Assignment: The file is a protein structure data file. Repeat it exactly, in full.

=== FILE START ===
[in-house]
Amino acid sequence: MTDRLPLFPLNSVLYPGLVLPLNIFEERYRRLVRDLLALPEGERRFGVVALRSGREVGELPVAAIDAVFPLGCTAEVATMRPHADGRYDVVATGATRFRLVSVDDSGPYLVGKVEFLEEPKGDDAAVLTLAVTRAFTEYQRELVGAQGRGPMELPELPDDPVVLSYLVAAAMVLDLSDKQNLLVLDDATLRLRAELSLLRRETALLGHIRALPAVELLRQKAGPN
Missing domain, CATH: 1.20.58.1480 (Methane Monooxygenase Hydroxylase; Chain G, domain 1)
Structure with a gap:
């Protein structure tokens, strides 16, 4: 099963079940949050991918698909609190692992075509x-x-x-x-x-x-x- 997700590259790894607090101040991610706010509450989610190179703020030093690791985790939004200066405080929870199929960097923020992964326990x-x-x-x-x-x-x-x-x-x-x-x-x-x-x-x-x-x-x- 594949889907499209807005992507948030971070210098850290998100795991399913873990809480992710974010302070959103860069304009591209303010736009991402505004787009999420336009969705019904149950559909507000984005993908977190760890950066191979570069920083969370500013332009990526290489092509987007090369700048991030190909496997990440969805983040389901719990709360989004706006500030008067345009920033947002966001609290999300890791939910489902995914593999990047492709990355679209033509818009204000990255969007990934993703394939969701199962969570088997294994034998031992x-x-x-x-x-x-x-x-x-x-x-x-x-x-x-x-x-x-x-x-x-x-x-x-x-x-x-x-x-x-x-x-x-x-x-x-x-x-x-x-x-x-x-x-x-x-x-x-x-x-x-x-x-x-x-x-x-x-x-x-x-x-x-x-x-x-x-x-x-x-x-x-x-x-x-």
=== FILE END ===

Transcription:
[in-house]
Amino acid sequence: MTDRLPLFPLNSVLYPGLVLPLNIFEERYRRLVRDLLALPEGERRFGVVALRSGREVGELPVAAIDAVFPLGCTAEVATMRPHADGRYDVVATGATRFRLVSVDDSGPYLVGKVEFLEEPKGDDAAVLTLAVTRAFTEYQRELVGAQGRGPMELPELPDDPVVLSYLVAAAMVLDLSDKQNLLVLDDATLRLRAELSLLRRETALLGHIRALPAVELLRQKAGPN
Missing domain, CATH: 1.20.58.1480 (Methane Monooxygenase Hydroxylase; Chain G, domain 1)
Structure with a gap:
């Protein structure tokens, strides 16, 4: 099963079940949050991918698909609190692992075509x-x-x-x-x-x-x- 997700590259790894607090101040991610706010509450989610190179703020030093690791985790939004200066405080929870199929960097923020992964326990x-x-x-x-x-x-x-x-x-x-x-x-x-x-x-x-x-x-x- 594949889907499209807005992507948030971070210098850290998100795991399913873990809480992710974010302070959103860069304009591209303010736009991402505004787009999420336009969705019904149950559909507000984005993908977190760890950066191979570069920083969370500013332009990526290489092509987007090369700048991030190909496997990440969805983040389901719990709360989004706006500030008067345009920033947002966001609290999300890791939910489902995914593999990047492709990355679209033509818009204000990255969007990934993703394939969701199962969570088997294994034998031992x-x-x-x-x-x-x-x-x-x-x-x-x-x-x-x-x-x-x-x-x-x-x-x-x-x-x-x-x-x-x-x-x-x-x-x-x-x-x-x-x-x-x-x-x-x-x-x-x-x-x-x-x-x-x-x-x-x-x-x-x-x-x-x-x-x-x-x-x-x-x-x-x-x-x-």